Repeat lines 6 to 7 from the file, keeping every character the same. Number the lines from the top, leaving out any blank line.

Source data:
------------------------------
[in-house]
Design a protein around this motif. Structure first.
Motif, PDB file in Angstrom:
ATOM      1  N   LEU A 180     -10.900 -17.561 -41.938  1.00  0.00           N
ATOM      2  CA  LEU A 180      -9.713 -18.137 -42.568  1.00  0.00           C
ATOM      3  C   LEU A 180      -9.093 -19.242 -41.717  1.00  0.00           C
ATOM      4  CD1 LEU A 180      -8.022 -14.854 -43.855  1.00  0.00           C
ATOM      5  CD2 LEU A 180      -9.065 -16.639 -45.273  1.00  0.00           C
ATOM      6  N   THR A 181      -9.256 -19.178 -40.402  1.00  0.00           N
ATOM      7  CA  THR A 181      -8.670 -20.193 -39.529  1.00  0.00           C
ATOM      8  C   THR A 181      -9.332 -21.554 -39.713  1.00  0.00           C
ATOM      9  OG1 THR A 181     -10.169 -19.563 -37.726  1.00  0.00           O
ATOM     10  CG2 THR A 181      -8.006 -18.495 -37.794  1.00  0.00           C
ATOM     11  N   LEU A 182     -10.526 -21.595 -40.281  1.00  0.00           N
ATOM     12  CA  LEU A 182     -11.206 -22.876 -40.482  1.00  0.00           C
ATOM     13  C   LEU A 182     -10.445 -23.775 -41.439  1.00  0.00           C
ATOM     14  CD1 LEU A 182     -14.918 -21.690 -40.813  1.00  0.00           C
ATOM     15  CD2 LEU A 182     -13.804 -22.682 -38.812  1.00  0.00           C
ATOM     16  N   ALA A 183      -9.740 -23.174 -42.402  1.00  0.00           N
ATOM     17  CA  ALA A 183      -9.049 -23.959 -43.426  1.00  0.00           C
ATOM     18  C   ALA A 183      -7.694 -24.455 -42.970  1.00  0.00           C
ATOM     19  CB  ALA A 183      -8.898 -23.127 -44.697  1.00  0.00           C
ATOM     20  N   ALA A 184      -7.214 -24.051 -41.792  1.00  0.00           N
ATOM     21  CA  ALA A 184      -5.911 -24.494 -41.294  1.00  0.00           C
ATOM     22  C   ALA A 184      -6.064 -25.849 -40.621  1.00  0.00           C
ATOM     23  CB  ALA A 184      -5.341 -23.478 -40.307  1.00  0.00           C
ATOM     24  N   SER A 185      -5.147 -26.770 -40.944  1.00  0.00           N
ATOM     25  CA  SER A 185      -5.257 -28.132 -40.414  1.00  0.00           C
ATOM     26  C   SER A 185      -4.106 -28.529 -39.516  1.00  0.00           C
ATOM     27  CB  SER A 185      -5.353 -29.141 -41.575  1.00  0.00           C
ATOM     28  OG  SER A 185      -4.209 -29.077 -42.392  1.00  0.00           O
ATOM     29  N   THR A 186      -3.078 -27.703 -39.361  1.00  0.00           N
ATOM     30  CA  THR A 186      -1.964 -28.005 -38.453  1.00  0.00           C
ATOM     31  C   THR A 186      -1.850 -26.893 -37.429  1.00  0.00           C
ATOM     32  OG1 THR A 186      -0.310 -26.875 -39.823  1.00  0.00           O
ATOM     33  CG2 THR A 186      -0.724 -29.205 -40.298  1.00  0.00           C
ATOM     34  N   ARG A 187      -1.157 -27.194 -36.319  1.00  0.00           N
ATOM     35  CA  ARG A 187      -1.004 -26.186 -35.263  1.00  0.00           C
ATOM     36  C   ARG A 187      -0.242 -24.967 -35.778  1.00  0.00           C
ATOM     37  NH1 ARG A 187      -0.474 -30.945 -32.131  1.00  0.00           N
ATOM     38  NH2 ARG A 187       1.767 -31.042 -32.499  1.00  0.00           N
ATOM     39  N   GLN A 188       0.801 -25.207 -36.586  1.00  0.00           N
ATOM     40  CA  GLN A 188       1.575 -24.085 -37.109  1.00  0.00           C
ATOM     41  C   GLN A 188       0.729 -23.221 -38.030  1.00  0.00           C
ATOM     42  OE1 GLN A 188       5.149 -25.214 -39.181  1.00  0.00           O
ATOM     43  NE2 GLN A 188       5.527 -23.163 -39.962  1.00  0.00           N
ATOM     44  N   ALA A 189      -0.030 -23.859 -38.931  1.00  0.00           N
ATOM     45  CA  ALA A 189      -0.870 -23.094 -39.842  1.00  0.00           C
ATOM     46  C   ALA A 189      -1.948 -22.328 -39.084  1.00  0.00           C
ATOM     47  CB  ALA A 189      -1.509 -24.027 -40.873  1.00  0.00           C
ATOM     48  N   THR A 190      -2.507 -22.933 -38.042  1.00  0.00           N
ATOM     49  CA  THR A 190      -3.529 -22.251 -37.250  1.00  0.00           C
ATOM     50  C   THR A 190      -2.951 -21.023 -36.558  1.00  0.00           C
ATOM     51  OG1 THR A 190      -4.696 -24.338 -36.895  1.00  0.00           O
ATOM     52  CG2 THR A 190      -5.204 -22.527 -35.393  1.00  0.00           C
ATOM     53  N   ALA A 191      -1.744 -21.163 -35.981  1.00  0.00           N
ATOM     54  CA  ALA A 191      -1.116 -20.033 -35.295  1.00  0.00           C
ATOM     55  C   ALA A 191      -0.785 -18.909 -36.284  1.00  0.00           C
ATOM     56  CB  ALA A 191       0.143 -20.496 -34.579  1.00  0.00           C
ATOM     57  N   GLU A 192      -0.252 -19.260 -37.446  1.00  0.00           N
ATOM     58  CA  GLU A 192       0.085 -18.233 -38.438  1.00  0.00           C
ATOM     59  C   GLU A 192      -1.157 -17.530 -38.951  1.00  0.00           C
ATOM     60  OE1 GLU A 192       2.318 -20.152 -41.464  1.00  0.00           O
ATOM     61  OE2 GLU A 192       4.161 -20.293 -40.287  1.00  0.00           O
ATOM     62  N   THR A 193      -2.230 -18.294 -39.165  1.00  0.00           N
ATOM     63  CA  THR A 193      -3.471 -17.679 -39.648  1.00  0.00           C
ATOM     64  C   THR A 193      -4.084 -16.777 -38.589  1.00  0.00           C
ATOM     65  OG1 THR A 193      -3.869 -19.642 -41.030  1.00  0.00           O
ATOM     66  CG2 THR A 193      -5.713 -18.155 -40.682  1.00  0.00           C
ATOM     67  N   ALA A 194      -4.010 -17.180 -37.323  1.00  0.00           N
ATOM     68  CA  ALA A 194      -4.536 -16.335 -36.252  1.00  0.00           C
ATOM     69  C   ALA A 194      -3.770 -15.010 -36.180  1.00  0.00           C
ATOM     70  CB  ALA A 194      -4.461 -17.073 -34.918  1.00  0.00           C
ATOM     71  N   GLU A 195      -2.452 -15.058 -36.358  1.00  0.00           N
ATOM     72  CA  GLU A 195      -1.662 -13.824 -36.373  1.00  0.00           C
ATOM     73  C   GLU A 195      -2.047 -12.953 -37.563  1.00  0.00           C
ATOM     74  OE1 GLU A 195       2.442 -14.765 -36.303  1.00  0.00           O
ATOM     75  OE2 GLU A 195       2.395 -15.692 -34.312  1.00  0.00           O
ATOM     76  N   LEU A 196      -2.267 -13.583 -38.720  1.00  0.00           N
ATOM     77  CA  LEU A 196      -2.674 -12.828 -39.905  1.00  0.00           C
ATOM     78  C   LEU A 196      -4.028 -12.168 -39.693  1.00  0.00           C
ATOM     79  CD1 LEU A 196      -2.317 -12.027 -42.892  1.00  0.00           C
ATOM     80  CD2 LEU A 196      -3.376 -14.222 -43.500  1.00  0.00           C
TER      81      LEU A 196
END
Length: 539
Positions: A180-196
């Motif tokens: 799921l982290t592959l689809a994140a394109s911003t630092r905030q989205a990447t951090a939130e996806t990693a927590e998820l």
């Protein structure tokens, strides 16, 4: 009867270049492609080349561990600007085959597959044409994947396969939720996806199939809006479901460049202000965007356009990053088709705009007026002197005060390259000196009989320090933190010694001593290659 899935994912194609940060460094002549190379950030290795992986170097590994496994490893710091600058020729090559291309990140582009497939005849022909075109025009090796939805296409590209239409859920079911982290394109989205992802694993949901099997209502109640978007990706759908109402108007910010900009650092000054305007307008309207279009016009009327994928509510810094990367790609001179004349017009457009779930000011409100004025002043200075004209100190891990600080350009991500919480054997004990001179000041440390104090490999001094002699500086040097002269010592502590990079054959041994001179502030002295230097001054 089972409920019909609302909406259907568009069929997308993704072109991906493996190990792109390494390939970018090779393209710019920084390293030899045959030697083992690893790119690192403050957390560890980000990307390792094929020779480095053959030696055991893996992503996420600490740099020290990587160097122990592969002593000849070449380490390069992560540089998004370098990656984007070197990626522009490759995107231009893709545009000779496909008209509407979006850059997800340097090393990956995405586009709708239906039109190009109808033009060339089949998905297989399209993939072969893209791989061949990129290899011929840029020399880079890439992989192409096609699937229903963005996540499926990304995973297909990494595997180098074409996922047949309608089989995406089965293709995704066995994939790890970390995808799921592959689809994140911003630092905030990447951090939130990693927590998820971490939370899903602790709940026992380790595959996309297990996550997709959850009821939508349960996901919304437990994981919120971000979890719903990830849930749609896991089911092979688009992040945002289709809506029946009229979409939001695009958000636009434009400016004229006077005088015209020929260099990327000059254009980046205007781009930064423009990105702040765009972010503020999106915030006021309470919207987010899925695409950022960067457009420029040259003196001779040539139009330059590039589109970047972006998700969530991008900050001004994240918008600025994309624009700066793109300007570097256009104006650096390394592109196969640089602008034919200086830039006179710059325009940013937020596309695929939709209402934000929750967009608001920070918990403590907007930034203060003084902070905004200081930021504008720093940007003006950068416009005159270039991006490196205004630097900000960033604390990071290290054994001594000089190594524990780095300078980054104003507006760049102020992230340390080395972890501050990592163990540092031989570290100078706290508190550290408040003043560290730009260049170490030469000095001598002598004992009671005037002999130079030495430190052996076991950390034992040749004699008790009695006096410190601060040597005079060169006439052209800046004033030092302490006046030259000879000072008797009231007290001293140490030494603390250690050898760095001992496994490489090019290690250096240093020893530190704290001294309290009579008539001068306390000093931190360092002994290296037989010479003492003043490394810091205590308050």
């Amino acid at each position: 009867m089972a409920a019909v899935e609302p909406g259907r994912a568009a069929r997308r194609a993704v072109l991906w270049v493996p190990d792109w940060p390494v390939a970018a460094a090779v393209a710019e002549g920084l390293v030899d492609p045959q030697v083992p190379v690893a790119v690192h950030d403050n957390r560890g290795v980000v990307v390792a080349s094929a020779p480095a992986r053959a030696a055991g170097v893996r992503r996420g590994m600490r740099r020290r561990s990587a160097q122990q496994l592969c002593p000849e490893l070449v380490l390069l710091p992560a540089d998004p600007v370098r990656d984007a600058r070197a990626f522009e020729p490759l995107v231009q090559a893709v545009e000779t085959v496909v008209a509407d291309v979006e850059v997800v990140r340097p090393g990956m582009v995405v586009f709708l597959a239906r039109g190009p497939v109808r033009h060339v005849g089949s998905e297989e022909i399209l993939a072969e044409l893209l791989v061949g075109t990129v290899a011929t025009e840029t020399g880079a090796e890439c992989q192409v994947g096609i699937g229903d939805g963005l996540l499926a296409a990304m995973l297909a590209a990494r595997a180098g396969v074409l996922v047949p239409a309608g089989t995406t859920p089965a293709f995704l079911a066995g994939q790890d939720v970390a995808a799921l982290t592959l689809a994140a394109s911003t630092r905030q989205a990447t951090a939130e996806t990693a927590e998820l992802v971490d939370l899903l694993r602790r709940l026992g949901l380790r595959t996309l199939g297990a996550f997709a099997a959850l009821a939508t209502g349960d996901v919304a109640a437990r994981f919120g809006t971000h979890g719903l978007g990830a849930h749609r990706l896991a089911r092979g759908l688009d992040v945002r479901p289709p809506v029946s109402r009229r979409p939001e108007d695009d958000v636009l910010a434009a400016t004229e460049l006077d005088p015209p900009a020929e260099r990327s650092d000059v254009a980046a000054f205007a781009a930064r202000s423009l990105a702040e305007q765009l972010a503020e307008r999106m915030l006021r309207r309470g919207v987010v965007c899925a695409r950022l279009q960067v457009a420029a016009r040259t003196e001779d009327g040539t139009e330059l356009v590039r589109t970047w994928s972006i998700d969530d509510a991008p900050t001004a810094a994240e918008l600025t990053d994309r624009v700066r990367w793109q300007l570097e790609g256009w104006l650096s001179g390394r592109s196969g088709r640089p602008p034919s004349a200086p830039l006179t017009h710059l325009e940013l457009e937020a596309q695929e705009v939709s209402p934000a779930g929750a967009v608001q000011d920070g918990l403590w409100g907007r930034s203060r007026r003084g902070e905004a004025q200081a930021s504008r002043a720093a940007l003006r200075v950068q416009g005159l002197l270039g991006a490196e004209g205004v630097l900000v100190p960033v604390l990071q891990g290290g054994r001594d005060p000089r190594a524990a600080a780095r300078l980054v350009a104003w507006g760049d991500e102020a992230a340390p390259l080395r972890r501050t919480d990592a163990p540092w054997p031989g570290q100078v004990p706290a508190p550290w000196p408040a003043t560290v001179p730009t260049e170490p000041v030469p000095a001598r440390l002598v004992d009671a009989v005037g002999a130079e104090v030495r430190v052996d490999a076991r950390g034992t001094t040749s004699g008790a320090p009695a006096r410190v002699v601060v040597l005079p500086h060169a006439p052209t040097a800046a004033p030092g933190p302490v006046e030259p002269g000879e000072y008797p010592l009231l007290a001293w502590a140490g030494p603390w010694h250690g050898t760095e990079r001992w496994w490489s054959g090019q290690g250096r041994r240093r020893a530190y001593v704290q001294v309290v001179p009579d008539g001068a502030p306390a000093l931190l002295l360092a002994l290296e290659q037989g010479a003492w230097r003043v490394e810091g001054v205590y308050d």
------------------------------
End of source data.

ATOM      3  C   LEU A 180      -9.093 -19.242 -41.717  1.00  0.00           C
ATOM      4  CD1 LEU A 180      -8.022 -14.854 -43.855  1.00  0.00           C